Thank you for adding another vestigial underline to established fact.

Labelling on boxes? For some reason the phrase, "warning: lark's vomit," comes to mind.

Delusibeta:
Birds fly, grass grows and brother, DRM alienates people.

If you was from where I was from, you'd have used up all five of your installations!

Woo!

Anyway, hard to disagree with the man, he obviously thinks about what he's going to say.

Well now, someone who doesn't have his head completely up his ass. maybe this guy can talk some sense into some people. (the completely part was the fact that he sounded a bit douchey like he's just better than everyone)

Delusibeta:
Birds fly, grass grows and brother, DRM alienates people.

That is so fantastic I think I just fell in love with you.

The trouble is, even though you'll see plenty of complaining about a publisher's plans for DRM, once the game releases there are far to many people who will buy the infested mess anyway, and once that happens the publisher no longer cares that it's customers can't play the games they paid for because they already have your money.

More Fun To Compute:
Labelling on boxes? For some reason the phrase, "warning: lark's vomit," comes to mind.

Well arguably, while it's never been directly contested in these terms, they should be putting the entire EULA on the box before money changes hands for it.

In the overall scheme of things though I find the entire situation to be a bad joke. As I have said dozens of times, the entire industry is so corrupt in the way they operate that it's impossible to have sympathy for them. If they were a bit bigger they would have federal investigators crawling all over them like with the gas industry, since they do a lot of the same things including price setting, and avoiding direct competition between products.

As I pointed out in my last round with John Funk on the subject of the industry, while there are doubtlessly companies claiming to be losing millions, the gaming industry has made anywhere from 19 to 50 billion dollars in 2009 alone. What's more it's a massive growth industry that is expected to double in anywhere from 1 to 5 years. The lack of hard information on this is largely because the gaming industry keeps a lot of it's finances and such secret compared to other industries, so analysts wind up with wildly divergent predictions.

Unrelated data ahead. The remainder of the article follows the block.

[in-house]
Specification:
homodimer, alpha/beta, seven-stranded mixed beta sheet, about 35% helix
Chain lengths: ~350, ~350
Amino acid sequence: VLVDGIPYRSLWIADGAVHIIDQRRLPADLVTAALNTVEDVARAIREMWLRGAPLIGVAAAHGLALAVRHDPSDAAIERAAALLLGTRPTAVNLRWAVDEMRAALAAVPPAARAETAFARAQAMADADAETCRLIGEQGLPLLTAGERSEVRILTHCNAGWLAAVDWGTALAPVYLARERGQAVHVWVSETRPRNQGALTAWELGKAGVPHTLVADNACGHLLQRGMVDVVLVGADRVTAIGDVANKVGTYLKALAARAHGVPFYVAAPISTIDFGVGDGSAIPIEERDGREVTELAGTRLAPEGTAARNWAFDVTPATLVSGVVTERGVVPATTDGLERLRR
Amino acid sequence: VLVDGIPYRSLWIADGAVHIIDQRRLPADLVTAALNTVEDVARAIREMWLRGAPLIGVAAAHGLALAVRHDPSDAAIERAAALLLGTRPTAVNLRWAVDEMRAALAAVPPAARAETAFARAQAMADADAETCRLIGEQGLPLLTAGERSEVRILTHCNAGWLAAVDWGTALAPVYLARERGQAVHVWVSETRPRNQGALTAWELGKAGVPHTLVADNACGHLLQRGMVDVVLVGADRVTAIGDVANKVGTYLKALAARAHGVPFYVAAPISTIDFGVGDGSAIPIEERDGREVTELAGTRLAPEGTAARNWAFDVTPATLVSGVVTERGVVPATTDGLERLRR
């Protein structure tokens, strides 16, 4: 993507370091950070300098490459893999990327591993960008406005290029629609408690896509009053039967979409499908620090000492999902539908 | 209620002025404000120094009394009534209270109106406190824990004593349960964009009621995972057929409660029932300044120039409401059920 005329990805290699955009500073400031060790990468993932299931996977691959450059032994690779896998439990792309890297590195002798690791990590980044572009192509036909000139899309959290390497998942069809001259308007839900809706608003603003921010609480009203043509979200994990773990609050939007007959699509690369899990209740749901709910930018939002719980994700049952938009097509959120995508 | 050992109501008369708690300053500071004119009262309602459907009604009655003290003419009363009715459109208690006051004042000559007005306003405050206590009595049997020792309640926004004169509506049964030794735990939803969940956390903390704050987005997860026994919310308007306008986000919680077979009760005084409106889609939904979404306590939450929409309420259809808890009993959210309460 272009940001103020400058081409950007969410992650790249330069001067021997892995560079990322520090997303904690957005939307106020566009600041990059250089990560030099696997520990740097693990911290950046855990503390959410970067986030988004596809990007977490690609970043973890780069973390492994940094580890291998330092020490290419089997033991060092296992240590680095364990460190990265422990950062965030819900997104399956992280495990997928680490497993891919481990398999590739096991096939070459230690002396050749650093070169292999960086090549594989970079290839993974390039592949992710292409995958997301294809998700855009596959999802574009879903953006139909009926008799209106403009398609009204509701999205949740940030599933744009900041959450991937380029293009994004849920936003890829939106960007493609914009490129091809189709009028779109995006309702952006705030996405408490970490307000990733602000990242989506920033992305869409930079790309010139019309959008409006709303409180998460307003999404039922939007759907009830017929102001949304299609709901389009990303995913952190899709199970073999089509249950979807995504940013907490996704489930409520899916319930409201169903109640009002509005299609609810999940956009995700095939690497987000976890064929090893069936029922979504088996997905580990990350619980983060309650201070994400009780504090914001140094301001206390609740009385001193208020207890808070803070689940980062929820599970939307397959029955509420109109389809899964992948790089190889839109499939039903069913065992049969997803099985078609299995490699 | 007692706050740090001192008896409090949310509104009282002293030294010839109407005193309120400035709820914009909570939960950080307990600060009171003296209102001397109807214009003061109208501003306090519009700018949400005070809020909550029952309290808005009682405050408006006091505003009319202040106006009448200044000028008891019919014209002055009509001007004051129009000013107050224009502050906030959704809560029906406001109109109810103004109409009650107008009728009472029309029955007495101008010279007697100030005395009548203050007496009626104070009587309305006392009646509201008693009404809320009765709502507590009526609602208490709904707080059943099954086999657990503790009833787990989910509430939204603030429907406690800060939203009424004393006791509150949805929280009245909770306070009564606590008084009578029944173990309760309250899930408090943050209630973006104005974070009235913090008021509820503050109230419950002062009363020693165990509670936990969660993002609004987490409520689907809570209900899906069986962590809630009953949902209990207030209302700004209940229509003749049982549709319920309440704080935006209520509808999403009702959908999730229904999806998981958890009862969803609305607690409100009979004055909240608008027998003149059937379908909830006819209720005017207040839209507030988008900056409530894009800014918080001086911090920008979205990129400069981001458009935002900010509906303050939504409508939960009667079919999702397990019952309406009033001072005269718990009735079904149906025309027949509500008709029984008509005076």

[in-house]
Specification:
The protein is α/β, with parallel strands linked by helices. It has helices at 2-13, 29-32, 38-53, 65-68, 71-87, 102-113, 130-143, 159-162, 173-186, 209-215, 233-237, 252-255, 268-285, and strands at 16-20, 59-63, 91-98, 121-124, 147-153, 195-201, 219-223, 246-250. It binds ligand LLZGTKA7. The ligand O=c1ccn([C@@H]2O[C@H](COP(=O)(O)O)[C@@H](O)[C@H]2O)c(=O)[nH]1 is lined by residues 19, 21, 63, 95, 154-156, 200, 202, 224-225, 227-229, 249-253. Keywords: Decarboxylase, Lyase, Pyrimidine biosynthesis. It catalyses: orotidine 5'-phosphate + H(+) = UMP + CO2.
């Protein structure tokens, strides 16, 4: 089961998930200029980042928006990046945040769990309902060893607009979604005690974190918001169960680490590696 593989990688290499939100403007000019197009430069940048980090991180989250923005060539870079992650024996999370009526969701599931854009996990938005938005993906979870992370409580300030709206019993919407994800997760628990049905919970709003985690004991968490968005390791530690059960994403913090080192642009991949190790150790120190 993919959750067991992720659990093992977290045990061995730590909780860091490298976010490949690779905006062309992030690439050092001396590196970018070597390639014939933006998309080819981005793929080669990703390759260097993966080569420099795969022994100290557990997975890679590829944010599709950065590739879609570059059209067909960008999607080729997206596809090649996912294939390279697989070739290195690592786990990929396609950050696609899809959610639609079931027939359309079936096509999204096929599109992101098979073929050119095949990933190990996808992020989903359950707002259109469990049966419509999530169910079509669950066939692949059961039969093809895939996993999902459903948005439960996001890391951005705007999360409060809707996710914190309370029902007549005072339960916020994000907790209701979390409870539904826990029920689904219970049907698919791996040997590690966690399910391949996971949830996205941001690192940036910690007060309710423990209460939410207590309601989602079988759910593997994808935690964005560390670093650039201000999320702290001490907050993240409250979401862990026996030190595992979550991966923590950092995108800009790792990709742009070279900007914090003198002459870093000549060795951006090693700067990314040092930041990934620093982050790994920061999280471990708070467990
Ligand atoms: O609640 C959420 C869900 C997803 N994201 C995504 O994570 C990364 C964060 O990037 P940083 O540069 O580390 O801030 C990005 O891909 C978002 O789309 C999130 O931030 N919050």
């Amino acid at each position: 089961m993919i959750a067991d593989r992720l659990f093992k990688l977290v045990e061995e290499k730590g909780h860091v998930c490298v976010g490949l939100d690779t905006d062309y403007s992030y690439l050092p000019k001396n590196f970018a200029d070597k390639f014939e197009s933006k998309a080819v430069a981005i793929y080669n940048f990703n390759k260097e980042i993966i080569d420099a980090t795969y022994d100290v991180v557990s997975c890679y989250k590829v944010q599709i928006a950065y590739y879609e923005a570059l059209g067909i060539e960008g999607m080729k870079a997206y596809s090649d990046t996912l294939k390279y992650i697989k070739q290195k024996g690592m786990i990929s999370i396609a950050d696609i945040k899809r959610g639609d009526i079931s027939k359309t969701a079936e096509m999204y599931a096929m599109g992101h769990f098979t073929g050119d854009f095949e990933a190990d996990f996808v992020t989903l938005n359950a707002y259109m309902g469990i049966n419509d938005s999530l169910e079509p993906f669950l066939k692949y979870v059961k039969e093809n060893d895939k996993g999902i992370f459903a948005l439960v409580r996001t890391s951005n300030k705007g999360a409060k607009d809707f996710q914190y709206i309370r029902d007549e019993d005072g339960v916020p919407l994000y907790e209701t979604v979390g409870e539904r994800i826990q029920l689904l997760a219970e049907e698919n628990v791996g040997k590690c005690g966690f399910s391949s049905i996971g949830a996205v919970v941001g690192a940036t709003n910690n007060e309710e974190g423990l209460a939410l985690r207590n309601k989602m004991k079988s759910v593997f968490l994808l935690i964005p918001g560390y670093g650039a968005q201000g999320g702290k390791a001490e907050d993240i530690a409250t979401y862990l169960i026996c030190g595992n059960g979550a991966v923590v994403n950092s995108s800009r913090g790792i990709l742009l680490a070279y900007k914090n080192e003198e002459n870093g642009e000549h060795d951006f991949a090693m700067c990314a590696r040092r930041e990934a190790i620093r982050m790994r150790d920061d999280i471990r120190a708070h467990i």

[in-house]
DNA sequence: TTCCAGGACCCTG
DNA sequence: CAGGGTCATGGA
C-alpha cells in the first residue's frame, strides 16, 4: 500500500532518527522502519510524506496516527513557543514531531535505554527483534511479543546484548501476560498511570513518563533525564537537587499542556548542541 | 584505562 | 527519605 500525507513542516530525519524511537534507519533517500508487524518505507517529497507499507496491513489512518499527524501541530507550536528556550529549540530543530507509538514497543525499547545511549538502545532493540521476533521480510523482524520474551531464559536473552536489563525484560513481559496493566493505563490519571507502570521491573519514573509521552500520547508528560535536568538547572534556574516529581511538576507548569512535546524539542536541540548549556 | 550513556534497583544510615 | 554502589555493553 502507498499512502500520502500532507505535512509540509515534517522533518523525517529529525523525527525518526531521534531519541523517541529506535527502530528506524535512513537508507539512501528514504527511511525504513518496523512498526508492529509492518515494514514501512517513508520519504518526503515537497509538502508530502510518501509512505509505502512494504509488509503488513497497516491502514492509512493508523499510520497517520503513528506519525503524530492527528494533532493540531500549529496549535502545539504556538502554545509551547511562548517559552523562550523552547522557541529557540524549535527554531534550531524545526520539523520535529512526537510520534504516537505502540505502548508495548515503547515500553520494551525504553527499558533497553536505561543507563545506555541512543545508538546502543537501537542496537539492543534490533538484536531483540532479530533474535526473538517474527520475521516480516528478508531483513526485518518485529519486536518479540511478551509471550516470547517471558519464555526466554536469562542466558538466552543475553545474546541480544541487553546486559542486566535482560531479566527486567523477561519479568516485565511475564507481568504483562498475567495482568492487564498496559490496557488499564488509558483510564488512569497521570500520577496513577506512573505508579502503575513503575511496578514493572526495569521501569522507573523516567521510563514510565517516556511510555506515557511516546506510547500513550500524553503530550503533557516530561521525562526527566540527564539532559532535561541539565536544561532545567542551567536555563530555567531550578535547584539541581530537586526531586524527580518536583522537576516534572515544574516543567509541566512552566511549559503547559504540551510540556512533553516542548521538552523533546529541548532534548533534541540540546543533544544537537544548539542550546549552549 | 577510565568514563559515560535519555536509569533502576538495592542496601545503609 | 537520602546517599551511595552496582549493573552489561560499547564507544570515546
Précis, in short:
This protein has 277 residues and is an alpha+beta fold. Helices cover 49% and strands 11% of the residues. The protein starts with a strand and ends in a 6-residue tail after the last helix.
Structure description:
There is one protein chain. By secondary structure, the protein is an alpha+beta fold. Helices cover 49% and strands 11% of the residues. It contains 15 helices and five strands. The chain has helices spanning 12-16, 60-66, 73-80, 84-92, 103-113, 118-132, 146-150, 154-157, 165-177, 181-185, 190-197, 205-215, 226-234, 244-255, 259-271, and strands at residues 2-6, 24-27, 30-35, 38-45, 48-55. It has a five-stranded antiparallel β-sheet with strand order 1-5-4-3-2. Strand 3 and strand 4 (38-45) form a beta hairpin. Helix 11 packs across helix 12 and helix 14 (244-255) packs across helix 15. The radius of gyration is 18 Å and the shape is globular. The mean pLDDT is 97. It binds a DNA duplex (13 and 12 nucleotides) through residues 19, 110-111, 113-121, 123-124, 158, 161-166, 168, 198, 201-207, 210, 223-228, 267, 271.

You'll notice that when I argue with John, one of the things that comes up is how much these guys get paid. When dealing with budgets in the tens of millions or hundreds of millions of dollars the cost in materials/office space is minimal. That means the rest of that is going towards human resources. He doesn't seem to be able to answer where that money is going anymore than anyone else, but in the end it means that where producers are making 19 to 50 billion, developers are still taking in tens and hundreds of millions of dollars and it's going into someone's pocket. What's more there is no shortage of people willing to finance games right now, each month has a bunch of titles all accross the spectrum.

The point being that it's not an industry that is exactly hurting as a whole. Oh sure, like any industry there are some people that are losing money or in jeopardy, but that's just how business is.

The thing with DRM is that while piracy *IS* wrong (do not misunderstand this) is that it's based on the fundementally flawed assumption that all of those pirated games would have amounted to sales at whatever price the company was deciding to charge. That is not true in the least, though apparently a lot of bean counters think so. Annoying existing customers is seen as being a small price to pay if they can bring in sales from all the pirates out there, since according to a lot of the stats they produce it seems like it's being claimed that pirates vastly outnumber legitimate consumers.... stats I doubt when you consider that my local mall has *3* gamestops in it alone, plus another one only a couple miles away in a shopping center. This is to say nothing of Best Buy, Wal Mart, Target, and other places all of whom carry video games and apparently make enough of a profit off of them despite all the competition to have entire aisles full of them.... obviously those of us who purchuse games legitimatly are rare <rolls eyes>.

My overall point here is that yes, piracy is wrong, but this isn't so much them performing some kind of paladin-like holy crusade, as much as it is a self-centered grab for more money. They are interested because of the dough pure and simple... and we're talking about an industry that is making billions.

So yes, the game-bangers [snickers] are wrong, just as the industry is wrong in a lot of it's own practices. As a consumer I don't much care either way, I want to be able to use the products I buy in peace, and have as much control over them as I can, especially given the costs involved (games are not cheap). When the industry descends from on high and tells me that this is nessicary, I can't help but do a double take looking at the massive amount of money they are taking in, and what an explosive growth industry it is.